Axel TWD is also a big fan of The Walking Dead, but is also super into the graphic novels that the television show is based on. He used The Walking Dead community for about six months before becoming a Wikia user and working his way up to admin. He's launched a Facebook page for the community and works tirelessly to add content and engage members.
Unlike some other featured Experts, Axel TWD was never interested in zombies before The Walking Dead. Like BanishU, however, "Days Gone Bye," the Walking Dead pilot, turned him on to the undead world in general. "It's longer than most episodes, so it was more like a short movie," he says about the pilot. He believes that zombie properties that focus solely on zombies tend to be the weaker ones. He believes "all good zombie media use zombies either as a metaphor for a given crisis or as a reflection of humanity" and that anything that focuses only on gore should be overlooked in favor of stories with more depth.
Axel also recommends finding a friend to watch a zombie show or read a comic book with, as one of his favorite parts of The Walking Dead is making predictions about what's going to happen in future episodes with fellow members of The Walking Dead community. "Getting scared is always more fun with a friend!" he says.
Forerunner is an admin on the Resident Evil Wikia, and he does what he can to encourage professional editing there by populating pages with engaging features and design choices. He started considering survival horror games -- the genre most zombie games fall into -- during the late '90s after playing House of the Dead in an arcade, but was first drawn into the dark world of Resident Evil after seeing Resident Evil: Apocalypse at a friends house.
He recommends beginners start with the George A. Romero films -- from his establishment of modern zombies in Night of the Living Dead to questions of their intelligence in Day of the Dead. He also points to Warm Bodies as a succinct exploration of that latter point. He recommends viewers avoid the Italian Zombi series -- a hyperrealistic study of zombies with little to no narrative, giving viewers little more than 80 minutes of "seeing actors carrying maggots next to their eyes" (appetizing!) "Don't assume zombies are the same in every film," Forerunner says. He also suggests remaining open to the idea that many of these films also serve as social commentaries, from Dawn of the Dead's attack on consumerism to The Land of the Dead's examination of class divide.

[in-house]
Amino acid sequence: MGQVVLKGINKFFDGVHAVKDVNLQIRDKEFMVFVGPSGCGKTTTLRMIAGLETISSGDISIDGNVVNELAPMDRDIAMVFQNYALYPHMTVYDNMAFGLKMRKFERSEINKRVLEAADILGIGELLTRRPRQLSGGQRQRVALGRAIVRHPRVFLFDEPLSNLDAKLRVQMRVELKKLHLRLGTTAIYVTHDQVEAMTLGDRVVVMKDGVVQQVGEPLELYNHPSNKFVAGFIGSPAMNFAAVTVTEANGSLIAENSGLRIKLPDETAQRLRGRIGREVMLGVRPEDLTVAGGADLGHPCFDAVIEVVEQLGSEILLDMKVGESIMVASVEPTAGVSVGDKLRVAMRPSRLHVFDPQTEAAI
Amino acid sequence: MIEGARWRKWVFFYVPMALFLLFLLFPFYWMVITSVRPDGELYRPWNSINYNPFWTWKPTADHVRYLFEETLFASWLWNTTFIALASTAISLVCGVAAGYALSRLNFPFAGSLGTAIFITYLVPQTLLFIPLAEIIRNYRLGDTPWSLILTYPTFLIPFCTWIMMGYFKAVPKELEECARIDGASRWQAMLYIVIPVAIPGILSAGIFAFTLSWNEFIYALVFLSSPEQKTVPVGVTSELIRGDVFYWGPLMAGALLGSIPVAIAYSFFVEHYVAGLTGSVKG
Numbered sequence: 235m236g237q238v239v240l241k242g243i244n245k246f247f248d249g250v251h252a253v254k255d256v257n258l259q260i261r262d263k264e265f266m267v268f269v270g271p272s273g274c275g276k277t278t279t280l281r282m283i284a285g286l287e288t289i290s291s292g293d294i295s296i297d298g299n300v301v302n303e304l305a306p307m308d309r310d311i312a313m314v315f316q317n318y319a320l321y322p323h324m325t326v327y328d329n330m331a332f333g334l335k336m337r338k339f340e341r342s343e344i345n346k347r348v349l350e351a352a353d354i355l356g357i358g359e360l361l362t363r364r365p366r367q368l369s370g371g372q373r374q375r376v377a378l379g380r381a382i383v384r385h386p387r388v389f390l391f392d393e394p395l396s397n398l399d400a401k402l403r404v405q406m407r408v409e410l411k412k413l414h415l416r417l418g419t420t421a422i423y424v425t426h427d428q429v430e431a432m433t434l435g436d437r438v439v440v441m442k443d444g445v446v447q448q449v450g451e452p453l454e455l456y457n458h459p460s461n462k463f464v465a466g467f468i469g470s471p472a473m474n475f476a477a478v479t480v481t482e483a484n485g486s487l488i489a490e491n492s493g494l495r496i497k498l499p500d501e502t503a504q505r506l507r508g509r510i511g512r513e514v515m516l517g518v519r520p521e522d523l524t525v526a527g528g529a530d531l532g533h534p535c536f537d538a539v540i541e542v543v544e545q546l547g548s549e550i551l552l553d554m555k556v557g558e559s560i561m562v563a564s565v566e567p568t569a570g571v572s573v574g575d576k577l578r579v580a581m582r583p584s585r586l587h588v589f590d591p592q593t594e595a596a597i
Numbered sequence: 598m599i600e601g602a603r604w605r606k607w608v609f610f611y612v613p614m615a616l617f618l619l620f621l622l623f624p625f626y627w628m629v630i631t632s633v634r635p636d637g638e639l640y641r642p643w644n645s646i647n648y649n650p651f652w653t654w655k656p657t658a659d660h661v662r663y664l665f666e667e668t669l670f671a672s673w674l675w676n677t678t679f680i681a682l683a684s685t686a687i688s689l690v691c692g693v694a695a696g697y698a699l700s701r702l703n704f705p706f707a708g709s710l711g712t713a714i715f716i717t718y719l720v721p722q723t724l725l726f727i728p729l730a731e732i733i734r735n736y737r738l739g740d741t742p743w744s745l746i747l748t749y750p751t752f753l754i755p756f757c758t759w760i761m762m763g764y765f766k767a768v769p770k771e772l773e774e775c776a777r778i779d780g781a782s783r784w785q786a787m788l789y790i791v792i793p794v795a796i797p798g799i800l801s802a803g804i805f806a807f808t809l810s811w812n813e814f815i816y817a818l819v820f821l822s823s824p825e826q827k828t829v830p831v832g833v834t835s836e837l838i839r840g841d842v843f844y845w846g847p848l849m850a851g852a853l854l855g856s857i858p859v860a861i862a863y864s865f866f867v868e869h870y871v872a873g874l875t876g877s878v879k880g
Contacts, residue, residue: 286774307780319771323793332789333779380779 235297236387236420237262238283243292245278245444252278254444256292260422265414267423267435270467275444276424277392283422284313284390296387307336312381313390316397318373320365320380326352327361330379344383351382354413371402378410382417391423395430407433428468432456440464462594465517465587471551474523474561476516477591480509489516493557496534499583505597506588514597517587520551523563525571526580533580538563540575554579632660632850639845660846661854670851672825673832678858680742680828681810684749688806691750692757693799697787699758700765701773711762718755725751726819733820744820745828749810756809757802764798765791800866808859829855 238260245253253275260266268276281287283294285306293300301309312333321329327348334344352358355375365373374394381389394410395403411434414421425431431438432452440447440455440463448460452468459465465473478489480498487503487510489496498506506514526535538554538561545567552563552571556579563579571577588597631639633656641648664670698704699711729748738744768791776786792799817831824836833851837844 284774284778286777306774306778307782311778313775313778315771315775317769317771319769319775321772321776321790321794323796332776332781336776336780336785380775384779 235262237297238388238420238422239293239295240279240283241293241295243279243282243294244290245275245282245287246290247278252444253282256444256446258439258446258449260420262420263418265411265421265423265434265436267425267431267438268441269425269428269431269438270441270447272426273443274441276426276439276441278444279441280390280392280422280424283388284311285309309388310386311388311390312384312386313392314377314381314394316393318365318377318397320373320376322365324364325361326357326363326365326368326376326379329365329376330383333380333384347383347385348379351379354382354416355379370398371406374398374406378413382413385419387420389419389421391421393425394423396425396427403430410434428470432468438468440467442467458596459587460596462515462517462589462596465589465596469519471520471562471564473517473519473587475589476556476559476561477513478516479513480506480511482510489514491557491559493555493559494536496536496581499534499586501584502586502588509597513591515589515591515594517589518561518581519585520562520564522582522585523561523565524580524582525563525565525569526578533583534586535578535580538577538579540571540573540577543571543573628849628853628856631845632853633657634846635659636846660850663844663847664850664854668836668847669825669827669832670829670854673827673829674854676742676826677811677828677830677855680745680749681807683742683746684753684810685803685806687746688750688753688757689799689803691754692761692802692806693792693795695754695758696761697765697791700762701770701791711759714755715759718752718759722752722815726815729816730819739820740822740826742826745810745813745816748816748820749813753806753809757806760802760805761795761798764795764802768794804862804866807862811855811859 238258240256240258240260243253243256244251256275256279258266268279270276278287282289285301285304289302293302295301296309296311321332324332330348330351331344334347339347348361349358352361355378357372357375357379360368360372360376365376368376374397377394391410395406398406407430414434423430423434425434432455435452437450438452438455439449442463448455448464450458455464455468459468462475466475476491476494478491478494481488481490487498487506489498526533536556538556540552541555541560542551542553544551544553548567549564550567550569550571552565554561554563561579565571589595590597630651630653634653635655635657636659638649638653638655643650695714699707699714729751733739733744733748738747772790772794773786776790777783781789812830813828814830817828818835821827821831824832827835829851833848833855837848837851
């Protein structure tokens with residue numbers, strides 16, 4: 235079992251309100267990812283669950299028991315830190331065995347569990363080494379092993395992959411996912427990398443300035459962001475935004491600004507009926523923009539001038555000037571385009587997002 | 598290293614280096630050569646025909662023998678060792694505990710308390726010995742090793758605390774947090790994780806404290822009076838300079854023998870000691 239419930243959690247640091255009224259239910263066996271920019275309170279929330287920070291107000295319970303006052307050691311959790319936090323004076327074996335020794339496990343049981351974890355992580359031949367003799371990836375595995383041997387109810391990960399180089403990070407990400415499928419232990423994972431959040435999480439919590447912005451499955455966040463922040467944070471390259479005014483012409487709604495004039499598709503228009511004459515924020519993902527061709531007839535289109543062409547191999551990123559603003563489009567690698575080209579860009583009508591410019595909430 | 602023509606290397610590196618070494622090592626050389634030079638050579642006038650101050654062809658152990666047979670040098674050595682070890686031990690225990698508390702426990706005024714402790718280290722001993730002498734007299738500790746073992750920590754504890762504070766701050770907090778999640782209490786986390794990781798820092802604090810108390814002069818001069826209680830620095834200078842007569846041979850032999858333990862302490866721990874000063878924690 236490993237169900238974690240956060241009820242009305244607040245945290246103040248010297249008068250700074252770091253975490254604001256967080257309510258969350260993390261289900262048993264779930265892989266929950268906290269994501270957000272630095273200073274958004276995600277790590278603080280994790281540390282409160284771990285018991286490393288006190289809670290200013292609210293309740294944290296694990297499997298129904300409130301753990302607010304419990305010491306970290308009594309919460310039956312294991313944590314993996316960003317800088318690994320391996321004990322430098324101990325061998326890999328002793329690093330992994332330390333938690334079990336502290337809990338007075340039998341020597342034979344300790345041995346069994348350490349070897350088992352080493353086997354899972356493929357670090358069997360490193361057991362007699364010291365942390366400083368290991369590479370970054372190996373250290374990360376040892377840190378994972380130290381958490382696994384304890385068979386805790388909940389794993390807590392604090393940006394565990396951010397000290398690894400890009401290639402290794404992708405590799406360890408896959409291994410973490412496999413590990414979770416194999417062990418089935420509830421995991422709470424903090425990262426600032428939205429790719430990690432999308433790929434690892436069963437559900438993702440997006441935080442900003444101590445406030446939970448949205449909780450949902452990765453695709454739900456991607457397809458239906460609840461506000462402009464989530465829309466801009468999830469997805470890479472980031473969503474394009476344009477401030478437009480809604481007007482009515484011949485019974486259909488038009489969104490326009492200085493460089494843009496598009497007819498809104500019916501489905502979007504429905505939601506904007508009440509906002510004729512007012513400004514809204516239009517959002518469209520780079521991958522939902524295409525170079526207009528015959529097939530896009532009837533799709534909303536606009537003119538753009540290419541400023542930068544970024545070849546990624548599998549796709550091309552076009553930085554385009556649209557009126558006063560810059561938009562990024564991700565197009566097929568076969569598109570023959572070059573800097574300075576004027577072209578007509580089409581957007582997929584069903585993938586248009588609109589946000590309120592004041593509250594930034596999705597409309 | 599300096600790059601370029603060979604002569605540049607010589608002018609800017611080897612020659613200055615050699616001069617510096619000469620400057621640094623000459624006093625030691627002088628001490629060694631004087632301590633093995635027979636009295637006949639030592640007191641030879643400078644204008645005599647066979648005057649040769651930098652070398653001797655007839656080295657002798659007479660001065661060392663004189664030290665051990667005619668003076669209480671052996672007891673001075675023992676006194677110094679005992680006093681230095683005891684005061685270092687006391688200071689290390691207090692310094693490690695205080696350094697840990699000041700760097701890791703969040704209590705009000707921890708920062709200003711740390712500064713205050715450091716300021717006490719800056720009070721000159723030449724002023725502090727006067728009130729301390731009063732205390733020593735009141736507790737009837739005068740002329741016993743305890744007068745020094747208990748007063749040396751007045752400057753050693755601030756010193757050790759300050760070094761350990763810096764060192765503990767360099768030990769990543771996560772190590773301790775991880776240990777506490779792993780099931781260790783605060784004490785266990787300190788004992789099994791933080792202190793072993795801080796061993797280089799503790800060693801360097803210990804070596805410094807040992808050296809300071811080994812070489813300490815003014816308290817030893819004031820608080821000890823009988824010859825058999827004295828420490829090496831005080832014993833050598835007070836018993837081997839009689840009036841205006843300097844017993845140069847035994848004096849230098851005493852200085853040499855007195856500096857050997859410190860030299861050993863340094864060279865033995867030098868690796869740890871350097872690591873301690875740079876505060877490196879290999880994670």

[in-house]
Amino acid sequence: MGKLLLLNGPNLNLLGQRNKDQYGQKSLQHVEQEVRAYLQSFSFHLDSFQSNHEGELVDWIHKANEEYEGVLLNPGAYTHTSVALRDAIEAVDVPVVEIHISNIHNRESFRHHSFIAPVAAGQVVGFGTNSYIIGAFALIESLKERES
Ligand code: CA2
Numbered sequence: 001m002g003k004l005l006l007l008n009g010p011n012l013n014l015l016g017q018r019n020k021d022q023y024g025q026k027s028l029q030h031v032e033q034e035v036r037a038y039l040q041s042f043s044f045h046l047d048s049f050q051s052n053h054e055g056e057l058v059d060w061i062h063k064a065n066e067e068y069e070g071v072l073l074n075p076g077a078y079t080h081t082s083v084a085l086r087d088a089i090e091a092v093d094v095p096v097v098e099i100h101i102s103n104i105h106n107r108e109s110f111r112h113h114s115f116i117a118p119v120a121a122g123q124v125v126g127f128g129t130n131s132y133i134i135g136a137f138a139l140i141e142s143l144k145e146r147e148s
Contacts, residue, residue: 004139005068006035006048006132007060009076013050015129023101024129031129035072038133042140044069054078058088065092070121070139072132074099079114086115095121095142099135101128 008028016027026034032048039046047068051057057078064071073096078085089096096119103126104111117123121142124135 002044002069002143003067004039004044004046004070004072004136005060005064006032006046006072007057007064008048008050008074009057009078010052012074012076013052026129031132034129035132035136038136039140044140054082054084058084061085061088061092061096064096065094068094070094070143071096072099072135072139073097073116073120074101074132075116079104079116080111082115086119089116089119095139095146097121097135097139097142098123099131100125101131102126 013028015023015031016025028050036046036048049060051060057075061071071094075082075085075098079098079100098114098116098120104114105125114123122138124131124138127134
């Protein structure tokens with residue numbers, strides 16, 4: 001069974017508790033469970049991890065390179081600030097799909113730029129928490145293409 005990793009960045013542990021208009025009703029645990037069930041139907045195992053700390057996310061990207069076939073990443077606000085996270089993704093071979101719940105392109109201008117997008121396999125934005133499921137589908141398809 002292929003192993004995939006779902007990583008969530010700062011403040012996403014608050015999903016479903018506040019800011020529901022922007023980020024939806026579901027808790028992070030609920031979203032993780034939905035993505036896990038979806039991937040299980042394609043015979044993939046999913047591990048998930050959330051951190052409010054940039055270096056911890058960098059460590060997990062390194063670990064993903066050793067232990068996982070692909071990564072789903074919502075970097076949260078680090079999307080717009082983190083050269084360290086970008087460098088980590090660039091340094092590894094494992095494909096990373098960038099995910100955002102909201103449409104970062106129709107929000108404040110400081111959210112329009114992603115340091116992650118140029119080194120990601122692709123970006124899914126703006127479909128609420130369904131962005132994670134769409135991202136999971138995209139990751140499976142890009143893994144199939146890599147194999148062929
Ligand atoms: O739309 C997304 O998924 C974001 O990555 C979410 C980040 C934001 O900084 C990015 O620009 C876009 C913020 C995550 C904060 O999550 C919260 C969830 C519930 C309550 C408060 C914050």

We got a lot of good advice from a number of zombie admins across Wikia. Riley Heligo, of the Resident Evil Wikia, recommended newbies avoid The House of the Dead films, as they might confuse fans of the games. He also bucked the trend and recommended that people avoid The Walking Dead series, as it's grown too reliant on action. Riley would also like to remind fans that zombies aren't always slow and dumb -- sometimes, they even use firearms, like in Romero's Day of the Dead.
Jo The Marten, from the Left 4 Dead Wikia, isn't a huge zombie fan despite his role, but recommends newbies steel their stomachs before checking out undead-oriented media, as "there's probably going to be a lot of gore." He enjoys learning about the science behind a zombie apocalypse and recommends people check out the Green Flu page to learn about the biological origin of Left 4 Dead's undead legions.
Want to read more about zombies? All of our experts provided a number of links to help you dip your toes into their wild, undead world. They also recommend you reach out to them via their message wall, wiki chat, or talk page if you have any questions (or, in the case of an actual zombie apocalypse, need advice on how to keep your brain relatively uneaten). Here's the syllabus:
Got any questions about zombies or a favorite piece of the undead world to recommend? Leave a comment below!
Click here to follow the Fandom staff blog.
Interested in learning more about community management on Fandom?
Click here to view our community management blog.
Read through our Best Practices guides for keeping your community growing and healthy.
Join our Official Discord server for registered editors!